Neil Peart Taking Center Stage: Lifetime of Live Performances
Frequently bought together
Customers who bought this item also bought
Hudson Music has announced the October release of a groundbreaking new 3-DVD set from Neil Peart, one of the true living legends of drumming. In Taking Center Stage: A Lifetime of Live Performance, Neil examines the details and challenges of performing in front of a live audience. Drawing from over 30 years of touring the world, Neil breaks down, demonstrates, and performs classic drum parts from songs spanning the entire Rush catalog, thereby giving the viewer the most in-depth insight into Neil s body of work ever documented. Filmed in various locations over the course of a year, Neil takes you on a behind-the- scenes look at Rush s 2010-11 Time Machine Tour. This includes rare and exclusive footage of Neil's personal pre-tour rehearsals and backstage events at a Rush concert (including a visit to the soundcheck, an unprecedented backstage interview, and Neil s warm-up routine). Neil then presents (in an interview setting with Hudson s Joe Bergamini) a detailed look at every single song in the Time Machine set list (which includes the entire Moving Pictures album). Each song features analysis and demonstrations (including slow- motion), which are coupled with a detailed PDF eBook containing transcriptions of Neil s parts. At the end of each song discussion, the viewer is transported onstage to a Rush concert to see the actual live performance of the song from the perspective of the drum cameras only (with an exclusive, custom audio mix that features the drums heard slightly louder than a normal concert DVD mix). With in-studio rehearsal footage, backstage scenes, live concert performances, and breathtaking interview footage filmed in Death Valley National Park, California, this package documents not only Neil s approach to live performance, but the very essence of his drumming style, on all the classic Rush songs, including Tom Sawyer, Subdivisions, YYZ, The Spirit of Radio, Free Will, Limelight, Far Cry, and many more. The DVD also includes discussion, analysis, and performance of the newest Rush song, Caravan, and extensive bonus content.
Top customer reviews
Now, I've banged around on drums for about 35 years and I can do some passable percussion in really banal situations--had a great time last fall playing udu at a folk sing-a-long. I have a small electronic trap set I take my frustrations out on many evenings. But I don't have the slightest chance of being able to play anything like Peart, ever, no matter how hard I might be able to try.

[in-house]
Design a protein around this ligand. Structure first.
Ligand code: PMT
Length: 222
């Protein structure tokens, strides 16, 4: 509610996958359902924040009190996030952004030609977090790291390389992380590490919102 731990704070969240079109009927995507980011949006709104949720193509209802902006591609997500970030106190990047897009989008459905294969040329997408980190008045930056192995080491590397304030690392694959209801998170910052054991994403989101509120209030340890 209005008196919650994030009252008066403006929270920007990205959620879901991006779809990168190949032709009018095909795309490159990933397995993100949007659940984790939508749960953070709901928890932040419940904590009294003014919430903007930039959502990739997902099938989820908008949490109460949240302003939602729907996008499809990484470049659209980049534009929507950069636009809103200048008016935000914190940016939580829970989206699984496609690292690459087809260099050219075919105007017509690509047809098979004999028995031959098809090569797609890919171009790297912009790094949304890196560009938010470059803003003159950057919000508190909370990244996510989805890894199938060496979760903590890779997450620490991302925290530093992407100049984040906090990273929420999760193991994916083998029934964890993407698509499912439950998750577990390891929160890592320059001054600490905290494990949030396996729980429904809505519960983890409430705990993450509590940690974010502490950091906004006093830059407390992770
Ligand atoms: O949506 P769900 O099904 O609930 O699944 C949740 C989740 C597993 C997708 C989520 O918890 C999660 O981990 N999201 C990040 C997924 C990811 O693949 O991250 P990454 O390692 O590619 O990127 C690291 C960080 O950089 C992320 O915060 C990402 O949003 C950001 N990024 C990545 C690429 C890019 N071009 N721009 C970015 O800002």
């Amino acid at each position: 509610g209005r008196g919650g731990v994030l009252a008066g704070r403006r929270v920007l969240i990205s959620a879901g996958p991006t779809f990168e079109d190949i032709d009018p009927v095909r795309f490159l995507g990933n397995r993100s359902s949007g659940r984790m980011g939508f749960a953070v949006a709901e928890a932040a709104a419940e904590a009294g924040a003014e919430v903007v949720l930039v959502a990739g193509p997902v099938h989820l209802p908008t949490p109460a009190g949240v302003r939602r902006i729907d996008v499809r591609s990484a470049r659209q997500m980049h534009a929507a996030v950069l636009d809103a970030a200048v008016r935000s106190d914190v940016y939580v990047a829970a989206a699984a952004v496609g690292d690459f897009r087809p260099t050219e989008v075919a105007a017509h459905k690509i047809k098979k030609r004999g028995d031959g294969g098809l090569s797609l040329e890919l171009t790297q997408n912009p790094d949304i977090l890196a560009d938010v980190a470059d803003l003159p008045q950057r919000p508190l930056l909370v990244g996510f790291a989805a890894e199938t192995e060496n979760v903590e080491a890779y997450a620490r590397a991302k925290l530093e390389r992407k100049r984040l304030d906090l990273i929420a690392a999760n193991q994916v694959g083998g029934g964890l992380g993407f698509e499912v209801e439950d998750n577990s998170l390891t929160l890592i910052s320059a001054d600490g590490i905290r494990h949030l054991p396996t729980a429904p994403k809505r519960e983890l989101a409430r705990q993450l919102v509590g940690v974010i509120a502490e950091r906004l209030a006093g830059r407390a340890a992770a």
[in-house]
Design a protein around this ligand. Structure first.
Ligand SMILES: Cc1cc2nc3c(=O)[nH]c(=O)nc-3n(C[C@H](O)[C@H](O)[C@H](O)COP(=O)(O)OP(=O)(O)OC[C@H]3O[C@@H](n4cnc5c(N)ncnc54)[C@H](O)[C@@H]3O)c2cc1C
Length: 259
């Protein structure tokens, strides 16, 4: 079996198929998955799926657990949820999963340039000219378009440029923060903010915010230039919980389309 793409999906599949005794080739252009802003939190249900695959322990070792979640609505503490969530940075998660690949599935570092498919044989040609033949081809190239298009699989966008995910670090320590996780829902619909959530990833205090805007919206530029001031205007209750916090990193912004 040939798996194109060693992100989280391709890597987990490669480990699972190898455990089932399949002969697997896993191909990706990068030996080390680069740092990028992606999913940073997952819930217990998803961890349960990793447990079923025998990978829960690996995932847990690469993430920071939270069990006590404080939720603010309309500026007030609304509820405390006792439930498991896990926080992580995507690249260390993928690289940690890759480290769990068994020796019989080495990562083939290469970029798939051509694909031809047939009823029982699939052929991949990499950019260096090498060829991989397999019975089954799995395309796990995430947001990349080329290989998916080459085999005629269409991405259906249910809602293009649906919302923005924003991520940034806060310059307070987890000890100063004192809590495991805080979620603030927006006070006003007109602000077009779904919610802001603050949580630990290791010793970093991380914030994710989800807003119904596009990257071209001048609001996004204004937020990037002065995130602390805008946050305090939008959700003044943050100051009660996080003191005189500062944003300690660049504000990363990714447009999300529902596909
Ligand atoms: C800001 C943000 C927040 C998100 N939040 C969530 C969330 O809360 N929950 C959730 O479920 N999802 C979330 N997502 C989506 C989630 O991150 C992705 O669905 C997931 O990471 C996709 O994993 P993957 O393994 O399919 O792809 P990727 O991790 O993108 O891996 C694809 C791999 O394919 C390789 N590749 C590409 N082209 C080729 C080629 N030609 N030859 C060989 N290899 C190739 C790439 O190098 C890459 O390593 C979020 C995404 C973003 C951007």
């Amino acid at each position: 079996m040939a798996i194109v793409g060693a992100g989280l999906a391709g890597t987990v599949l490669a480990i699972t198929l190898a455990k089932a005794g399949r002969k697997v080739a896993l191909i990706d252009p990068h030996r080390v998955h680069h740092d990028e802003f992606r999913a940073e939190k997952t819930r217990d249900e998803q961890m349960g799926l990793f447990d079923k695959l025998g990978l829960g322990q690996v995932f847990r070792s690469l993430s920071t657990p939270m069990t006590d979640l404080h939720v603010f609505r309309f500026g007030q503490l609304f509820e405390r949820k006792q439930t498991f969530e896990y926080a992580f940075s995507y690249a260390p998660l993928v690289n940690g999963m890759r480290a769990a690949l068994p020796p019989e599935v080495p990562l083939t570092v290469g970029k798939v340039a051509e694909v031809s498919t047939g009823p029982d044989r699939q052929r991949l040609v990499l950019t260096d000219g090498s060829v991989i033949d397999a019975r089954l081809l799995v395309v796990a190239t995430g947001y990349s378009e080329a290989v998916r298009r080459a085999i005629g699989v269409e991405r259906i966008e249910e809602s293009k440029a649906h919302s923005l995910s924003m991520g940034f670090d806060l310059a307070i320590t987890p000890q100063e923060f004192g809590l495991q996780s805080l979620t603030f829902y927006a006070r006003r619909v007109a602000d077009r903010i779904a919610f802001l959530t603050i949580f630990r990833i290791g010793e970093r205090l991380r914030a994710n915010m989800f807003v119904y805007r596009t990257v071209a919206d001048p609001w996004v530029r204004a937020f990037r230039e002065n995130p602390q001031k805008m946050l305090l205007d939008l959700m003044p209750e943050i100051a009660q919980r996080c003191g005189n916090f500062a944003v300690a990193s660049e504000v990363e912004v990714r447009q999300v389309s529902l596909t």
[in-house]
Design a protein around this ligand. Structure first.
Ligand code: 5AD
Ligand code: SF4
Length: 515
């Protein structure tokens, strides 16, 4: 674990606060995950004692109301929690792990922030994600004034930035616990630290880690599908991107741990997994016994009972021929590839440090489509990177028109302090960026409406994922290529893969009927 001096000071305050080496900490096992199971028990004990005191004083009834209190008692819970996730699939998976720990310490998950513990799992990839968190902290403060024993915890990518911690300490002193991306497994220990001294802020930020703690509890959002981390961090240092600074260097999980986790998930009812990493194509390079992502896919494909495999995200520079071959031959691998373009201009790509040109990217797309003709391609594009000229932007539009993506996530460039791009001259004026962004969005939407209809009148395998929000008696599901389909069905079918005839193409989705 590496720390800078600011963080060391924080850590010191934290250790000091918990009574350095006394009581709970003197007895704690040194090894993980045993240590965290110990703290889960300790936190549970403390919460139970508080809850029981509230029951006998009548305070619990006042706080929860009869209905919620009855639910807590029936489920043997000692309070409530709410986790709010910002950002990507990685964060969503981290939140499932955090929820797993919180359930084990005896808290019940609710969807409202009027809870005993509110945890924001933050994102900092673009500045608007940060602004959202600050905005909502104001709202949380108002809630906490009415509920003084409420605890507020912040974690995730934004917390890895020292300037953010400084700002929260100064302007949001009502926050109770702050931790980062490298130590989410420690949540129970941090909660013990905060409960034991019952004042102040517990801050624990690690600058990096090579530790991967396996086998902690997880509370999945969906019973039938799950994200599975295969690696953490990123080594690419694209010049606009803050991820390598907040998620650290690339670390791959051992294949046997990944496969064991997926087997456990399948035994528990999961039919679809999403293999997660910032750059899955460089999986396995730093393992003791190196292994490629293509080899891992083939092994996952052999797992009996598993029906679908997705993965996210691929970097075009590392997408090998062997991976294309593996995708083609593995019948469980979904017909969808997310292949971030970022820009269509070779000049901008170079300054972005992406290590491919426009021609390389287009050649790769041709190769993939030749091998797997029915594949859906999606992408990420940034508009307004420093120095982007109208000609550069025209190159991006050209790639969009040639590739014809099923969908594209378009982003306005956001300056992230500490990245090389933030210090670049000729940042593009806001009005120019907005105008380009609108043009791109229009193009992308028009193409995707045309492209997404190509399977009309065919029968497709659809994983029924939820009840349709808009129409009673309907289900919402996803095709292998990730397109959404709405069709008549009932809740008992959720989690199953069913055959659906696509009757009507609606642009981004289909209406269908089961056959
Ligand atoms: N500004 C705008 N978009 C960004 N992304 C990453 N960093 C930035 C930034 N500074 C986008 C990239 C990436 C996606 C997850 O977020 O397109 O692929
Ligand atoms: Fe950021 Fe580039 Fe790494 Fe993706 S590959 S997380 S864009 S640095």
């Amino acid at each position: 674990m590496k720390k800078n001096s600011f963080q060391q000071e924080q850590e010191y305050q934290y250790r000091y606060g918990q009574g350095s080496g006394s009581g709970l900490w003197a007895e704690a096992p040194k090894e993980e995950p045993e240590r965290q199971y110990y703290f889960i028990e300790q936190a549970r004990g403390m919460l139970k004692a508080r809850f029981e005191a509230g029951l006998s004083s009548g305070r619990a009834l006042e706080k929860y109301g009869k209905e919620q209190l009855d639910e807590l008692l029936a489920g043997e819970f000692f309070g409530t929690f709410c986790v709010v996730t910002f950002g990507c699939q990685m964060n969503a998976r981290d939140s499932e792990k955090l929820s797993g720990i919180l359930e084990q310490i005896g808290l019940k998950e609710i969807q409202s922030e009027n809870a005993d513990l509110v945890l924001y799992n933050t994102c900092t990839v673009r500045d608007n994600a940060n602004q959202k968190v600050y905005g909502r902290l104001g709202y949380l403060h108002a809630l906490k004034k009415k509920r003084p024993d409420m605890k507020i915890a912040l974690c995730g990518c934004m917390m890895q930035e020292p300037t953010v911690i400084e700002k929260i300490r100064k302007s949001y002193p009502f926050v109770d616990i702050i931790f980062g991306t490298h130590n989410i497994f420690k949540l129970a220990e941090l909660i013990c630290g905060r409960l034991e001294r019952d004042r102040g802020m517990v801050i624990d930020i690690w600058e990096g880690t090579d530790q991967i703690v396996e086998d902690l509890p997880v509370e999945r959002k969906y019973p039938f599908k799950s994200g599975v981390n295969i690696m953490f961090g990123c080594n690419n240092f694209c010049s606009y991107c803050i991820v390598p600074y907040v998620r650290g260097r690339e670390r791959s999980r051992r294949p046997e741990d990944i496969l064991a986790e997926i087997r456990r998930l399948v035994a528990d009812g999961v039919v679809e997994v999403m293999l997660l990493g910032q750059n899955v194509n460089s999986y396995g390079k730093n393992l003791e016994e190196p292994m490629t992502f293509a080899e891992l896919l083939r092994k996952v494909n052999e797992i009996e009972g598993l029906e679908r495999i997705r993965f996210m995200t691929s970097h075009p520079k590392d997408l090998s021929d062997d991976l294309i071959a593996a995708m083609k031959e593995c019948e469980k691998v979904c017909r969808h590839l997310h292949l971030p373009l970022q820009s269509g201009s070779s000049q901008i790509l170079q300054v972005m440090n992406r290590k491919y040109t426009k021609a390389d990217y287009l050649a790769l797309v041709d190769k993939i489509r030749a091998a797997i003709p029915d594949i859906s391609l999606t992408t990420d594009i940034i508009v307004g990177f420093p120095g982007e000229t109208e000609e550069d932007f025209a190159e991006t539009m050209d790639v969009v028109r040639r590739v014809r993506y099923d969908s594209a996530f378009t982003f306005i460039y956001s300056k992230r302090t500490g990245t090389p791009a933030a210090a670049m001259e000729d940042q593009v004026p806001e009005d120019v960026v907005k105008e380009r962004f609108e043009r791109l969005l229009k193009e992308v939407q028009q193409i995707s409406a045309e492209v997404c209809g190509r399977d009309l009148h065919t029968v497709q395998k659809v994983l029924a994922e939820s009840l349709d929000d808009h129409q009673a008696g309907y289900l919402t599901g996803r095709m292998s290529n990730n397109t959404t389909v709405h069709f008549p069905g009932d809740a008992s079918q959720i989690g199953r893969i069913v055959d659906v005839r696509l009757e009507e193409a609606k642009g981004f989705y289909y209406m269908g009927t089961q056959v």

So why do I find this--what amounts to an instructional video--so mesmerizing? The same thing that makes me watch Adrian Peterson play even when the Vikings are having a terrible season. Just watching someone at the top of his game, knowing that I belong to the same species as the one that produced this...wonder...is uplifting. Even if I can never do what these other people do, I can thrill vicariously at the accomplishment.
And Peart is so well-read and well-spoken that little bits of philosophy often slip out even as he holds forth on the vagaries of rock drumming. Among my favorites on this set, he said that if you make a mistake, make it again. Presumably to make it appear more intentional.
To underline my implied point: Even if you're not a drummer, just a fan of drumming, or of rock music, or hell, just excellence...this is a collection worth owning. And if there's a young person in your life, someone you wish to encourage in any endeavor, she could do a lot worse than to have the humble and hard-working Neil Peart as a role model.
I know Peart is uncomfortable being lionized, and I don't want to put him up too high on a pedestal. That sort of thing is never good for the idol, and not much good for the idolater, either. But I think it's good for humans to have examples of what we can become, given the proper virtues of patience, hard work, inquisitiveness, creativity, humility, and wisdom. When we see such virtues personified, as they too seldom seem to be, I don't think it goes far amiss for those of us who notice to call it out.